Looking at the question from cable’s side of the coin, there is a reason MSOs are agreeing to pay those fees, albeit reluctantly. As Needham and Co.’s Laura Martin told attendees at our annual Media Finance Focus last spring, digital video revenues represent a $70 billion revenue stream for the pay TV industry.
At the local level however, rising programming costs and increasing competitive pressures have some independent cable operators examining abandoning their digital video offerings altogether, to focus solely on their broadband Internet revenue streams.
Their dilemma warrants watching and, given the importance of their payments to local, regional and national sources of programming, it might be wiser to collaborate on solutions that address the unique situation of these “mom and pop” operators than to see them abandon the video business.
Does the decision by some members of this segment of the MVPD community serve as the canary in the coal mine and suggest that other cable operators will follow suit?
That’s not what we are seeing play out in the marketplace right now. Instead, we see programming networks and cable operators collaborating on solutions that allow for the creation of digital video packages tailored to viewer interests and a mutual commitment toward serving the emerging market for “TV Everywhere” access.
As a result, cable MSOs are narrowing the digital video customer losses they experienced during the “Great Recession” and some market forecasters are moderating their earlier cord-cutting predictions.
The OTT Challenge
Perhaps one of the most important reasons for local broadcasters and cable system operators to support one another’s business models is their mutual need to remain competitive with the growing number of OTT (over-the-top) alternatives for video programming.
While OTT may not result in cord cutting, it has been linked to “cord shaving,” and the ability to watch network TV programming “on demand” has proven popular with millennials.
This development has the potential to affect affiliates of broadcast networks and cable networks equally. As The Street.com’s Leon Lazaroof recently opined: “The licensing of old TV shows could further hasten the public’s move away from traditional TV and cable networks and toward video-streaming platforms.”
While it’s a 21st century challenge, there is a sense of déjà vu around the OTT situation. Broadcasters experienced it when some of the syndicated shows on their schedule were also available on cable channels. Cable operators experienced it when DBS providers and telecom carriers offered access to the same cable channels.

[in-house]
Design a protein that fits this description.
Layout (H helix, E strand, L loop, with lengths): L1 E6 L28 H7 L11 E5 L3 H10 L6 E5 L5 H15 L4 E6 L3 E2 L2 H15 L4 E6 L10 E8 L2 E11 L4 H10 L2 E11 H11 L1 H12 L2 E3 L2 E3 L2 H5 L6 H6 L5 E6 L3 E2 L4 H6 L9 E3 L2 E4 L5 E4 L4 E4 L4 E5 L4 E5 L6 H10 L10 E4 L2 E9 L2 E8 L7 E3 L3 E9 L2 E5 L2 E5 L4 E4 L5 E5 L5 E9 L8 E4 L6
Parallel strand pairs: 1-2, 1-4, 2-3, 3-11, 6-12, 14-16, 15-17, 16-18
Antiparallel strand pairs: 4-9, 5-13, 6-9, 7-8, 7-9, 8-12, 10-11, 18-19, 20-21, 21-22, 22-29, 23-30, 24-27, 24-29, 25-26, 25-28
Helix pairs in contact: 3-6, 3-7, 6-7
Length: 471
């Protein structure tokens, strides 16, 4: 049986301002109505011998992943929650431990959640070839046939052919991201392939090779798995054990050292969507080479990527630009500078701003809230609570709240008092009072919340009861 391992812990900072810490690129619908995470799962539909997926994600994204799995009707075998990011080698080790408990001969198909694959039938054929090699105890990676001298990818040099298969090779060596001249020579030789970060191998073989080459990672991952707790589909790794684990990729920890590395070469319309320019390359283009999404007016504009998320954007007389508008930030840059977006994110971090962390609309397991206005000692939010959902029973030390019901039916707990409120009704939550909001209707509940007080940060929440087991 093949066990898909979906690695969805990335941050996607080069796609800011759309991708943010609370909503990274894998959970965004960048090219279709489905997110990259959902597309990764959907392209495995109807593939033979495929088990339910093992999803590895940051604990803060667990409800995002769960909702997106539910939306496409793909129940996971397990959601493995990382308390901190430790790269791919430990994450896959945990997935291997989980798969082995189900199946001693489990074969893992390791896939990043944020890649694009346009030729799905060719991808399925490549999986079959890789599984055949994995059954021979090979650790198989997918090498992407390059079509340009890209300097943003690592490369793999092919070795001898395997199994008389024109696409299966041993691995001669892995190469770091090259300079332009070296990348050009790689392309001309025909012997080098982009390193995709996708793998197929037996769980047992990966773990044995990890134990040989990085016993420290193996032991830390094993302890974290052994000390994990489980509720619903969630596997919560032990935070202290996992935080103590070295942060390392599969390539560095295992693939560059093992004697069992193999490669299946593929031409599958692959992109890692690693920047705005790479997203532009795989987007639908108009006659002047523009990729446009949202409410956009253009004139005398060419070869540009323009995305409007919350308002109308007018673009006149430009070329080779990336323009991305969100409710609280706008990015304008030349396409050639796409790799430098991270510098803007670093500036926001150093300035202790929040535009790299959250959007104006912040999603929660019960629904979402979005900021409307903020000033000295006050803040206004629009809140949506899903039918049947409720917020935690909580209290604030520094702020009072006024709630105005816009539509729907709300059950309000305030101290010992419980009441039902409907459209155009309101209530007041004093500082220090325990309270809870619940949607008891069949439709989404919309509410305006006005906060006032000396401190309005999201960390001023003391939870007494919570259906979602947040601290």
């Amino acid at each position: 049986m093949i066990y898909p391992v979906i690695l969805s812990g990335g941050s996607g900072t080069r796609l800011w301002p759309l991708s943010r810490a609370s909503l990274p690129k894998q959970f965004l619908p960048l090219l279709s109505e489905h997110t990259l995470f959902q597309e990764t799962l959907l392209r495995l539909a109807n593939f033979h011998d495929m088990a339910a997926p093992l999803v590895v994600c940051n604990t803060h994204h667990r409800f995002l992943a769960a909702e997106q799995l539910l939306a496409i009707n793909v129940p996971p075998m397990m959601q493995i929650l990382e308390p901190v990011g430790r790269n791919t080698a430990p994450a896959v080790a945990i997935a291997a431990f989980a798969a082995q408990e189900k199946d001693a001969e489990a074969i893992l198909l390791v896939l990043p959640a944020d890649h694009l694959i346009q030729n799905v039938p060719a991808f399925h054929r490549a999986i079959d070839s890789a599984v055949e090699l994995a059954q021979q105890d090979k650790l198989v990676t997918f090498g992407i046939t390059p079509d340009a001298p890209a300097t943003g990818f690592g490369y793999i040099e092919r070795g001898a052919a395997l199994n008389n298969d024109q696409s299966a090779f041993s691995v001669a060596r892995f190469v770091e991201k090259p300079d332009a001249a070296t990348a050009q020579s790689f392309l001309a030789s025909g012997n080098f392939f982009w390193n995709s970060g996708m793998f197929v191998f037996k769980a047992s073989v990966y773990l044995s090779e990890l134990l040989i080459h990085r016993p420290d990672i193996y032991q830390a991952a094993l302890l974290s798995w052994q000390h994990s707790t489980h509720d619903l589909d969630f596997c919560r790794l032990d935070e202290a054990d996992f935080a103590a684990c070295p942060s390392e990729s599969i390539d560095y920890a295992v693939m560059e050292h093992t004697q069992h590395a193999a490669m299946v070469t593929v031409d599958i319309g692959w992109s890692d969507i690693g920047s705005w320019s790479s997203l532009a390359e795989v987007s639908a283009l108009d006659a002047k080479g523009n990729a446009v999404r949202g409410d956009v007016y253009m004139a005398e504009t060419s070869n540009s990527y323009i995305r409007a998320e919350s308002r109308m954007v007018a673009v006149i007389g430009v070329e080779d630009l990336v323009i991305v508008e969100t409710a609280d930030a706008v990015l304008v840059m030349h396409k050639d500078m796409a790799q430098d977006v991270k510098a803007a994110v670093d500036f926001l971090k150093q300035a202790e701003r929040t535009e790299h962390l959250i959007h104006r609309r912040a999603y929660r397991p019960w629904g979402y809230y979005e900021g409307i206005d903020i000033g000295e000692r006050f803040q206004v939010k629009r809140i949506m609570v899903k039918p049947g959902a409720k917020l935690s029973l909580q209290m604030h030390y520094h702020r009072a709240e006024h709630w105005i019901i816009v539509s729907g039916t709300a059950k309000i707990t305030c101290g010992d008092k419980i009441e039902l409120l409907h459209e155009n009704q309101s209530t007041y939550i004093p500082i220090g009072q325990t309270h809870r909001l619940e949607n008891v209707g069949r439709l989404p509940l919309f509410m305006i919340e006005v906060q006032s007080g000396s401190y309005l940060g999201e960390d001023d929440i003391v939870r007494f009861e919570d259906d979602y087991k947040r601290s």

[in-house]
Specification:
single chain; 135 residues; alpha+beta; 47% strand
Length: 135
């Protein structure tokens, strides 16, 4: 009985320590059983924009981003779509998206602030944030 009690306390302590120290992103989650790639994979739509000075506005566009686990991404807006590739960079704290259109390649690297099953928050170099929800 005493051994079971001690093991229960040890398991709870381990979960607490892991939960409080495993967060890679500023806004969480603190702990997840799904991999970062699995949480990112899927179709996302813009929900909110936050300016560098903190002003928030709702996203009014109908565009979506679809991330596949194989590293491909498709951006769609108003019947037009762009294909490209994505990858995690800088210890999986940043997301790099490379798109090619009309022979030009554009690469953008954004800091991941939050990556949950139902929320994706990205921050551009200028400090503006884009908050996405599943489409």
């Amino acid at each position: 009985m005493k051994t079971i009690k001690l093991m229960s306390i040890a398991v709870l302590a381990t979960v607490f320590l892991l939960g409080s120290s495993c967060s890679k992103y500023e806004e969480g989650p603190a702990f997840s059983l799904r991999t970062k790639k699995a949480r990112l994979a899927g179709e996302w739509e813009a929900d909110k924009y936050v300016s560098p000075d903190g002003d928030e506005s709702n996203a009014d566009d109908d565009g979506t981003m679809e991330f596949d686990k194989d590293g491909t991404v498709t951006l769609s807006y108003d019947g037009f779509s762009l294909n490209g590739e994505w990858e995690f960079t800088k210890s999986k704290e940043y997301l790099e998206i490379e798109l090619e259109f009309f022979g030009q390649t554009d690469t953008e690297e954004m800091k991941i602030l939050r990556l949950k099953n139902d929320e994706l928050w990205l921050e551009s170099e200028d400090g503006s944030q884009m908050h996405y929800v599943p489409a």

In both instances, the market’s incumbents relied on locally produced original programming to serve as their differentiator. Ironically these examples of locally originated content include 24-hour news, weather and sports channels produced by local stations that became part of their retransmission consent agreements.
In an article he wrote recently for The Financial Manager magazine, Bruce Lazarus, a former MFM board member and CEO of Media Audits International, observed: “Only time will tell if these [OTT] events mark a watershed moment for the media industry. However, anyone in the television business who does not recognize — and respond to — the wave of change caused by cord cutting and cord shaving will most likely be fighting for survival and relevance in the not-too-distant future.”
We touched on this challenge again at last week’s CFO Summit. When talking about the movement toward programmatic advertising, The Vertere Group’s Tim Hanlon reminded attendees that consumers are going to find a way to get what they want. The marketplace for both broadcasters and cable operators is (and will continue to be) changing.
A scorched earth approach benefits no one. The best hope for two local media businesses with 20th century roots to remain relevant in the coming decades could ultimately depend upon how well they help one another to survive and grow.
Mary M. Collins is president and CEO of the Media Financial Management Association and its BCCA subsidiary. She can be reached at [email protected]. Her column appears in TVNewsCheck every other week. You can read her earlier columns here.